5. Thank you, Ruth. Piano’s connection with my childhood makes the Grand perhaps the most fitting of any models Lego has to offer. Having said that, I’ll shop around to see what my options are for building another one. I enjoyed spreading out the assembly over so many weeks, and including the progress in my blog. My niece – who collects typewriters – has the Lego version but I’m not sure she’s started it yet. My brother says it’s a tough one to come by (discontinued). As for the extra parts, a good friend said it’s typical of the Lego kits. Glad he spoke from experience, as the first time I ended up with a few extras I thought I’d missed a step!


  6. Congratulations Dave! That is truly amazing. I can’t even imagine 3600 lego pieces. I’m a bit worried though about the sound cable – will it mean having to take some of it apart to find it? Is that even doable?
    I remember that Hooked on Classics album and have it in the basement somewhere with my album collection.
    Linda and I were discussing how we sometimes don’t get notice of your replies to our comments – does anyone else mention this? Not all the time, just occasionally, so if I don’t reply to your comment I didn’t see it. I almost didn’t see this blog either, that’s why I’m late. I’ve always wanted to visit South Carolina – to me it would have the perfect weather – warm but not too hot like farther south. You’ve hitting a lot of milestones.

    Liked by 1 person

  7. I’ve decided to table the piano “fix” until we’re in South Carolina in a couple of months, Joni. Too much going on with the move right now. Yes, I’ll need to break into the frame to see if I can get the cable reattached but it’s not as destructive as it sounds. Still looking forward to hearing its music!

    Notifications on comments and replies seem to be hit or miss on WordPress. I follow Nancy’s “From the Inside Out” and it seems to be the one blog where I never get notified when she replies to my comments. I always get notified on yours and on Linda’s. I will say, however, after the first comment and reply, there are no notifications. If you start a “dialogue” with a single reader through comments (as I’ve seen in yours), WP doesn’t keep track of the conversation. It’s strangely inconsistent and I’ve tried adjusting settings to make it better. Also, I sometimes wonder if a “late” comment is seen or notified at all. I get behind on reading every now and then and my comments – posted, say, a week after the publication – aren’t acknowledged. No matter; we seem to be sustaining a pretty good virtual “social life” anyway 🙂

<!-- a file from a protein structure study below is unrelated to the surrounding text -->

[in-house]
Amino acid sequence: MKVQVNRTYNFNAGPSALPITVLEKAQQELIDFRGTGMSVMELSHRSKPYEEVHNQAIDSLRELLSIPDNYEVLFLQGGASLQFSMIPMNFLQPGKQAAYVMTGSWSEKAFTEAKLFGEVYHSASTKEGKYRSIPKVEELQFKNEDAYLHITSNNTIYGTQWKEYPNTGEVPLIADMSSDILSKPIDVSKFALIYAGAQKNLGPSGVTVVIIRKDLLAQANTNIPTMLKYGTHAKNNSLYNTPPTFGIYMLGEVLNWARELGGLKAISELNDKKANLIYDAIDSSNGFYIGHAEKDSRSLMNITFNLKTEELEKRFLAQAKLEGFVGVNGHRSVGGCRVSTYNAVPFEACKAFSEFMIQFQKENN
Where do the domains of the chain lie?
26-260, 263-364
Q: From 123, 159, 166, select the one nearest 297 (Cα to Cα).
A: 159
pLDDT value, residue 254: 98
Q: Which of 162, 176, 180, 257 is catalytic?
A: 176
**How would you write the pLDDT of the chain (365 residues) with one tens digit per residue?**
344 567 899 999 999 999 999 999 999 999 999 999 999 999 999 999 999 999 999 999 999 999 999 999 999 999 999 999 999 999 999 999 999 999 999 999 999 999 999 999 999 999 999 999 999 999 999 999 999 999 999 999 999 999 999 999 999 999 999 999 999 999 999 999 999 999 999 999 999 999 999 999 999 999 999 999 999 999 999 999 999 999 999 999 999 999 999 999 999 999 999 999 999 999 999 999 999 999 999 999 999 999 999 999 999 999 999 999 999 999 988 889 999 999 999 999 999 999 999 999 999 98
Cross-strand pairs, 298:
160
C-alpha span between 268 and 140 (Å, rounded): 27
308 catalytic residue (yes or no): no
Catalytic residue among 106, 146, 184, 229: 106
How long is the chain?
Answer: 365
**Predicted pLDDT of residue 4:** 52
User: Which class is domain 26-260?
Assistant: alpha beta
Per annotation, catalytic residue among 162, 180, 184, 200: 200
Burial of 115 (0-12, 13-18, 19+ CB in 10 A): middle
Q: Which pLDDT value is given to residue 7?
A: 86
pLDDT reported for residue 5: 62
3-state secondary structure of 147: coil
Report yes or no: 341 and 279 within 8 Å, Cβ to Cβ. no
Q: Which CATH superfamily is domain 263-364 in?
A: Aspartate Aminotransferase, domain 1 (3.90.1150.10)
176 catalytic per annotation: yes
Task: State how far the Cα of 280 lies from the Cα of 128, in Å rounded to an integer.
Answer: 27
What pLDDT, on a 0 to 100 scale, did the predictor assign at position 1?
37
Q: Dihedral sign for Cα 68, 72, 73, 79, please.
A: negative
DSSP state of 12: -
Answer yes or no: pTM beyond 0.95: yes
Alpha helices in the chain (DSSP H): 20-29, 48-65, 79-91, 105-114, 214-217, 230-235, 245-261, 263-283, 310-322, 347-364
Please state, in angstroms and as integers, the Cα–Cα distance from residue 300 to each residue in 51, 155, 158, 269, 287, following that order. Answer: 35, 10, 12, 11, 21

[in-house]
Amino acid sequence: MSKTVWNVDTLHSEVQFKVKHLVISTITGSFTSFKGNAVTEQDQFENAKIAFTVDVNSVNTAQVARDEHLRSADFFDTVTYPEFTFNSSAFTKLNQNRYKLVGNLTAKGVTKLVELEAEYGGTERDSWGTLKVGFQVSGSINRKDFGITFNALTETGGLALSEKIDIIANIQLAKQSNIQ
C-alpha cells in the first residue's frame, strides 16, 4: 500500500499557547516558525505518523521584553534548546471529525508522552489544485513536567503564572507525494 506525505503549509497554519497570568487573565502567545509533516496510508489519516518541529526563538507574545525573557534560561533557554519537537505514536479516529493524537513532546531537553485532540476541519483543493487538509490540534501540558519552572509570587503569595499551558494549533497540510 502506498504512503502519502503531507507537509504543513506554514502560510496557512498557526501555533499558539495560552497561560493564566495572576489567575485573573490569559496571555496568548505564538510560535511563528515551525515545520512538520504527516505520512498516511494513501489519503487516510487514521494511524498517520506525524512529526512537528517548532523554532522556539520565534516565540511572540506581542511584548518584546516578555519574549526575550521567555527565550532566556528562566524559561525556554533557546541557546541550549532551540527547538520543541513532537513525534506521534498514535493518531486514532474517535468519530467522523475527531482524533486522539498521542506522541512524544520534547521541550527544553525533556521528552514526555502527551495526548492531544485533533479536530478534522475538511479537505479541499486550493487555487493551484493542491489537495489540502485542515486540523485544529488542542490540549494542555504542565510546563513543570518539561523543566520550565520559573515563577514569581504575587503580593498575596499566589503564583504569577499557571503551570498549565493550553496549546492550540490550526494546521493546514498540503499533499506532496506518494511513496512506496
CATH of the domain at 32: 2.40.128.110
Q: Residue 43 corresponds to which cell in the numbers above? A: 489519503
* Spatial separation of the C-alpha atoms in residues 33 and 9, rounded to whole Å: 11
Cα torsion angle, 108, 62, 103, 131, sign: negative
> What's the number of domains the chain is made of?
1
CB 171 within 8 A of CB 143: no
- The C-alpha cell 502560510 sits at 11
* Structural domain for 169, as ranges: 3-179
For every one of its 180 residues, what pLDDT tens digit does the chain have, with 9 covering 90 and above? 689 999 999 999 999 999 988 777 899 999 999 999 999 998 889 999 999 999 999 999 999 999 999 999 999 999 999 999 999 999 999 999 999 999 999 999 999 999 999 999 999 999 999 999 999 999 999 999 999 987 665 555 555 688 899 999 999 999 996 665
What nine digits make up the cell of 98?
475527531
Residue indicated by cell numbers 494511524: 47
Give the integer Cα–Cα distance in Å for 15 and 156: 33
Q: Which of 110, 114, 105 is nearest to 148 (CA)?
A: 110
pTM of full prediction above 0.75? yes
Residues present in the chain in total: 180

Liked by 1 person

    1. That’s strange. I did get a notification that you LIKED my comment but no notification of the comment itself, but I know now to check your blog. I wonder how many other comments from people I miss…..


  8. Congratulations Dave!
    It came out amazing! It truly shows the power of persistence, one at a time, and reading instructions.
    I have faith that you will figure it out how to play it soon. Even if it never plays, it is already a masterpiece in my book!

    Liked by 1 person

    1. Thank you for the kind words, Ana. It turned into quite the little adventure by dragging out the build over five months and sharing my weekly progress on WordPress. Also, it’ll be hard to find another Lego project with as much sentimental value.

      Liked by 1 person

  9. Congrats on finishing! Somehow I missed this post and when I read your next post I thought “What, no piano!”
    I remember ‘Hooked on Classics’. I wonder how many people developed an interest in classical music when they listened to this compilation!


    1. Thanks, Margy! Hooked on Classics hit me at the right age (as a teenager). Today I’d be offended at its “disrespect” for classical music but as a kid I thought it was cool and unique.


      1. Great article, Margy – thanks! I forgot about ELP’s spin on Aaron Copeland. My brother listened to a lot of ELP when I was a kid so I became a fan of progressive rock by default. I love how Copeland overruled the copyright concern and let ELP go ahead with “Fanfare”. A man ahead of his time.

        Liked by 1 person

  10. It’s a good thing you finished the piano when you did – I don’t think a partially-built piano kit would be a great thing to try to move a long distance. And goodness – a kid’s wedding and a long distance move! If you are contemplating any major life changes, this would probably be the time.

    My mother said the same thing about learning to read music through piano lessons. I only took lessons for a couple of years, but when I later took up the trombone, I had a revelation: One single note was so much easier to read than six or eight at a time as on a piece of piano music. And I remember Hooked On Classics very well. I was kind of like you, I preferred the originals but I guess any way classical music could get some popular exposure was a good thing.

    Liked by 1 person

    1. Hadn’t thought about it, JP, but the piano project would’ve taken a major break if we’d had to load it into the moving truck. Maybe I wouldn’t have found it again for months. Instead, it’ll find its way to my future home office soon, and maybe even play a tune someday if I can get that cable reattached.

      I’ll always be grateful to my mother for pushing piano and classical music at such a young age.


  11. Kudos for finishing the piano–now we need a little concert! (Never satsified, are we.) Can you believe I never heard that Hooked on Classics piece?! The beat sounded like the aerobic music I used to exercise to in the 1980s. Would have like this one in my repertoire for variety!